On the other hand, the first Thursday of the month is dedicated to the Womxn Climb Night. Learn to rope, lead routes, auto-belays, or race a friend on the speed-walls, whilst making new friends with like-minded women.  

For more updates about the adventure sports park’s events, follow their updates on Facebook.

“The staff are absolutely wonderful.  So kind and happy.  From Reception staff to the Kiosk to the activities staff they could not have been more lovely.”

Rosemary Sheen

“My kids have joined in a few different days for the school holiday program and have been having a blast. They have done some days with their siblings and some days with friends and they are really enjoying the different activities. Plus it tires them out for the rest of the day which is awesome! Thanks guys for having this fun activity during school holidays.”

Anika Hope

“Urban Xtreme provided my niece a great place to develop skills in a dynamic, safe, well-staffed and maintained space.  I wish this type of centre was around when I was a kid!  I really enjoyed the encouraging atmosphere of ‘give it a go’ that was scaffolded well by all the attentive and friendly staff.  Well done!”

ClareMarie Apelt

New Owner Secures Legacy of Tom’s Confectionery Warehouse in Hendra

A new owner has come in to save Tom’s Confectionery Warehouse from closing permanently. The popular lolly store in Hendra was on the verge of liquidation but a restaurateur has big plans to continue the legacy of its former owner and the store’s namesake, Tom Jeanes.

Mr Jeanes died on June 2021, upsetting generations of adults who have been customers of the iconic shop in the last four decades. He was 78 years old.

Now, Adiel Ben-karmona, who owns Redcliffe’s Pilpel Restaurant, specialising in Middle Eastern cuisine, plans to revitalise Tom’s Confectionery Warehouse and continue Mr Jeanes’ legacy.  

In a video posted on the candy store’s Facebook, Mr Ben-karmona said:

“We have to keep Tom’s legacy going as the best confectionery warehouse. We will continue with the same (concept), just bigger, better and newer. We’re keeping the same name in the same location.”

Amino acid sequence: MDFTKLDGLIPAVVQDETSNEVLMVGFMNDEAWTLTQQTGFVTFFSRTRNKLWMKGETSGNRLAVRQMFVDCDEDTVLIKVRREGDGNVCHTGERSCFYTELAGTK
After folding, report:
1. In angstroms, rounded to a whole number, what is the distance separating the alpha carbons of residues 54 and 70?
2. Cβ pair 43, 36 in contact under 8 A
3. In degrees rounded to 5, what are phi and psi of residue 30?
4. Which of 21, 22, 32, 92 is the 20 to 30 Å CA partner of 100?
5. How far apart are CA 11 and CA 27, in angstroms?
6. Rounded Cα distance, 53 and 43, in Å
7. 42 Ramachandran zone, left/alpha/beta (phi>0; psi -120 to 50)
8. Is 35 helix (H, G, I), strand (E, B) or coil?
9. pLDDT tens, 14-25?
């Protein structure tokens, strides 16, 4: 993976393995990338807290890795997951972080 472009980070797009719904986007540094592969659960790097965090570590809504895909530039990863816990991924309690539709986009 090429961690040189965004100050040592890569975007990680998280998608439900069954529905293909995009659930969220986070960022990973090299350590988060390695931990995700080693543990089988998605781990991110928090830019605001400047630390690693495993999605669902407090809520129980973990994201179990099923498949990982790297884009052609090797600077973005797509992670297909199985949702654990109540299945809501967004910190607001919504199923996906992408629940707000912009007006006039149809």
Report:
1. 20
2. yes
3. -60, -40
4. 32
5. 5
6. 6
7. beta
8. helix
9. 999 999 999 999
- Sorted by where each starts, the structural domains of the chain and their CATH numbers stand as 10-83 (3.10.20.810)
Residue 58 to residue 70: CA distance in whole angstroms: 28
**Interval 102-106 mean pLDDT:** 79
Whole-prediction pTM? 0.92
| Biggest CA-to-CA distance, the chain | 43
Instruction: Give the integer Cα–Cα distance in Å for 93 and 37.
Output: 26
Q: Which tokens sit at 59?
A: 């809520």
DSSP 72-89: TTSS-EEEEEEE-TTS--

“The ideas I have here are crazy…to put a kid in a lolly shop! I can’t wait to start this project. This will be a great add-on to the Pilpel Group. This will become a ‘destination’ with a wall dedicated for Tom’s memory.”

Mr Ben-karmona was only one year old when the shop opened in 1982. He also shared plans to put up a Willy Wonka’s World with an interactive section for families and their kids, as well as an area for the adults to hang out and have coffee or snacks.

Whilst the store is currently closed, Mr Ben-karmona said the remaining stocks will be sold at discounted prices at his restaurant. More details of the transformation of Tom’s Confectionery Warehouse, including additional jobs, will be revealed in the coming months. 

Follow the store’s Facebook page for updates. 

Latest All You Can Eat Chicken Wings Buffet Opens in Hendra

Why are chicken wings buffet growing in popularity in Brisbane? The latest chicken wings eatery to open on the north side is in Hendra. You can find Chook Wings & Beer at what used to be The Hamptons on Gerler Road. 

Chook is the newest endeavour of the restauranteurs behind establishments like Asian Republic, Chai Thai, Chapter IV, Phat Boy, Phat Elephant. Offering an all-you-can-eat chicken wings buffet for just $21.90, this foodie spot could be your next go to place for quick, affordable and easily satisfying meals. 

Chicken wings buffet offers so much versatility. A basket full of chicken wings can be an appetiser, a full meal or a snack. Unlike other dishes, this food comes in a variety of flavours and sauces, giving every order a unique taste. At Chook, you can actually pick from six flavours but the owners plan to change the choices regularly.